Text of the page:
~ Jennifer L. Lane ~

What would life be like if we trusted God completely, all the time? First, we'd have a lot less stress, but even better, we'd all be bolder. We'd step out in faith more, knowing that even if things didn't work out, God would be there to pick us up, dust us off, and give us a big hug for trying.

Life as a Christian single is as big as our faith in God. Little faith, pygmy life. Big faith, giant life. All of us have envied those people who plunge ahead after what they want, seemingly unconcerned about the obstacles.

Let's do something different this year. Let's act as if God is on our side, because he is! Then, tempered with common sense, let's each go after something really important to us. There's excitement for you!

Be shrewd and anticipate obstacles before they happen

I find that putting things down on paper helps me plan better. Yeah, I know computer software is available that lets you create snazzy outlines and such, but I prefer an old-fashioned pencil and three-hole sheet of notebook paper. Past experience and a bit of imagination can make possible obstacles more obvious. When you know what the hurdles will be in advance, you can figure out how to avoid them or how to deal with them. This little bit of planning will pay off big time and will give you a sense of confidence as you go forward.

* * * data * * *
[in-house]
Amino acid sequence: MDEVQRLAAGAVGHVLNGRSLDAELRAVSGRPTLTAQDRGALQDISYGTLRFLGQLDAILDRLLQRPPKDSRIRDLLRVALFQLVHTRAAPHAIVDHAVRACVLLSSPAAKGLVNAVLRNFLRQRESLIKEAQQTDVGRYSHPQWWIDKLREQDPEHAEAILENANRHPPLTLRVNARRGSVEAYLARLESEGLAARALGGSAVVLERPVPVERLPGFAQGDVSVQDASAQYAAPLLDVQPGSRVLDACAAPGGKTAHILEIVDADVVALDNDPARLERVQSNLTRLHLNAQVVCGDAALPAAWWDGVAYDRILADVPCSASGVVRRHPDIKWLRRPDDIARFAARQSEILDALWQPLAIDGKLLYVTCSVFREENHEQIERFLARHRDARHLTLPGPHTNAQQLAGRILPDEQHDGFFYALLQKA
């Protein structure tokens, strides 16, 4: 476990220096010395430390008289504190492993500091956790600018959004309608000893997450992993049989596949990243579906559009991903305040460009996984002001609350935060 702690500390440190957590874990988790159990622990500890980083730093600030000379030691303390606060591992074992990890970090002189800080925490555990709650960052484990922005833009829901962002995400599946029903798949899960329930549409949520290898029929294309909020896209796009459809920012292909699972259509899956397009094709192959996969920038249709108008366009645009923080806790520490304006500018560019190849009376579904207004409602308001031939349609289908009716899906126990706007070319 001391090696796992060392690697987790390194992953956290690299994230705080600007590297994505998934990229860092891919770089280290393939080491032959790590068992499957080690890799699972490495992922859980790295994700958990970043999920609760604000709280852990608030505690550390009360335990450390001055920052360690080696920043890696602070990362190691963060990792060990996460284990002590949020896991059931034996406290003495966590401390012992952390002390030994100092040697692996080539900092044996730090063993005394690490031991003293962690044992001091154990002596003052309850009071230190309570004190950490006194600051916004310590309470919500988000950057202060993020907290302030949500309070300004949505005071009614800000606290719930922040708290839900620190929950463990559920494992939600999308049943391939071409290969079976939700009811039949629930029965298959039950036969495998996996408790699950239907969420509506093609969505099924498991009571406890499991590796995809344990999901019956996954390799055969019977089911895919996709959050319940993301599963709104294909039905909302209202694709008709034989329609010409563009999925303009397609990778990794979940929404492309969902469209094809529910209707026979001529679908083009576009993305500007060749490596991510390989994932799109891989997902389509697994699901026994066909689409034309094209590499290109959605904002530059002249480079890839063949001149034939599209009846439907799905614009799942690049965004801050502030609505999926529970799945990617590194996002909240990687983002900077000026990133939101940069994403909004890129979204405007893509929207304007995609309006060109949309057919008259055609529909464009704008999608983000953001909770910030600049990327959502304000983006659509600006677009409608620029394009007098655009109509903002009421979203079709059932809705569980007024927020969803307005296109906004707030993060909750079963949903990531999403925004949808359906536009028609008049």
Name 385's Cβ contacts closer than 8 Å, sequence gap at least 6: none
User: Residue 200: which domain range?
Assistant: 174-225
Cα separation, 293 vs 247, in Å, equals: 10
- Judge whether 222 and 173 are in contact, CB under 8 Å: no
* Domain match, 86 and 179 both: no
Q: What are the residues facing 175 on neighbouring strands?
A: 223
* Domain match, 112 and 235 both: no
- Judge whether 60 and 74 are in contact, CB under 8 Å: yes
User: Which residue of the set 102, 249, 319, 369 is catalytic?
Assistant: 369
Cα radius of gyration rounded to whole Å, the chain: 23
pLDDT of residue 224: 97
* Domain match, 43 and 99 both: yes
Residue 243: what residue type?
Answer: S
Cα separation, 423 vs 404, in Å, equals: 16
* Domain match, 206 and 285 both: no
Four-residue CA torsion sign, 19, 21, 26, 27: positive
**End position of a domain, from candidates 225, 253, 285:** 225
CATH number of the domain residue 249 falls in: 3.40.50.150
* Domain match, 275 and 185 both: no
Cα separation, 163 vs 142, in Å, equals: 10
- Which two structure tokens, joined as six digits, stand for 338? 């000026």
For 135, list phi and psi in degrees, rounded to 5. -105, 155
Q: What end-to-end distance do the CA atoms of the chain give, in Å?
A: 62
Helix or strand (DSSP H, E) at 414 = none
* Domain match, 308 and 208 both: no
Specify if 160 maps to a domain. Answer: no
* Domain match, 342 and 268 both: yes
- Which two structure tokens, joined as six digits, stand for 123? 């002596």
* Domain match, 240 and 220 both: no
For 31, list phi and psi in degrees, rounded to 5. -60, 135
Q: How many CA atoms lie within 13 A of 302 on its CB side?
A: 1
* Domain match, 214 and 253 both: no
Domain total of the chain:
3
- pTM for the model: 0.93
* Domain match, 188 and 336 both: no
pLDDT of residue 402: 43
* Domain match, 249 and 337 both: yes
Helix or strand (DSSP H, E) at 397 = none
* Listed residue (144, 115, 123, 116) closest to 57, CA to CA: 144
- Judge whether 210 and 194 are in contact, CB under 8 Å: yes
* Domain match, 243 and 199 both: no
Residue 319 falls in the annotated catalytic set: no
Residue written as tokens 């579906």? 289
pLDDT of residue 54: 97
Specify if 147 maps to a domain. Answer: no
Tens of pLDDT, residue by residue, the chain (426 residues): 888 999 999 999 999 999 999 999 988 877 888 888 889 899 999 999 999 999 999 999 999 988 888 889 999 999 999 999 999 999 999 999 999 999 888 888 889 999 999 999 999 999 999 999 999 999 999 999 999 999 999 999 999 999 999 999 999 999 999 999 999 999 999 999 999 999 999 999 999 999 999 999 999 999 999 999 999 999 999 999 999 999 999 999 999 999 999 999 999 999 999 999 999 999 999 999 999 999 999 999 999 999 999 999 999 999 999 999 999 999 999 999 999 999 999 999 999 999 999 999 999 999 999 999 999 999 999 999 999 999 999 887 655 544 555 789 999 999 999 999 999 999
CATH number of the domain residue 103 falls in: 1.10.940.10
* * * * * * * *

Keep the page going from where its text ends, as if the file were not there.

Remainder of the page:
One of the ways we get bogged down is by trying to accomplish too much too fast. Achieving your goals is easier in small increments. I wrote all my novels in manageable 5-page nightly sessions. Eventually they added up to an entire book.

Use the mind God gave you. You can avoid a trainload of problems in life by being shrewd.

Spiffy new look updates the website has a new, updated look. The site has been completely redesigned, with better readability and horizontal navigation for mobile devices. If you haven't visited in a while, I think you'll like it.

By the way, I don't know the name of the woman in the header photo. She represents single people looking for answers, like you and me. More changes are coming to the site in 2020.

On another subject, here are a couple quotes from a recent editorial in the Pittsburgh Post Gazette about cell phone usage:

"Recent surveys show the average American spends three to four hours each day on their cellphones. That’s more than a month a year, depending on an individual’s usage…We’re looking at our phones and frittering away hours of our lives each day that would be better spent talking with friends, families and children. Or working. Or writing the great American novel."

Ironically, many of you are probably reading this right now on your cell phone. But if you're constantly texting about your every move or checking your social media every few minutes, it's time to get a grip.

Here's a real-world example from my own sometimes-pitiful life. In the 1990s, I watched lots of dumb Charles Bronson and Jean-Claude Van Damme movies on DVD. Now, 20 years later, I ask myself, "What was I thinking?"

Don't do what I did! Be discerning. Realize that every single minute is precious. Don't waste any of them.

As usual, if you want to comment on this newsletter or ask a question, our secure contact form will rocket your email right into my personal inbox at the speed of something-or-other.

Finally, we're in the middle of Lent, and Easter's on the way. You'll appreciate life more if you remind yourself of all Jesus has done for you.

That's it for March. Remember to live wisely every day, single friend. In 20 years you don't want to be asking yourself, "What was I thinking?"

Jack Zavada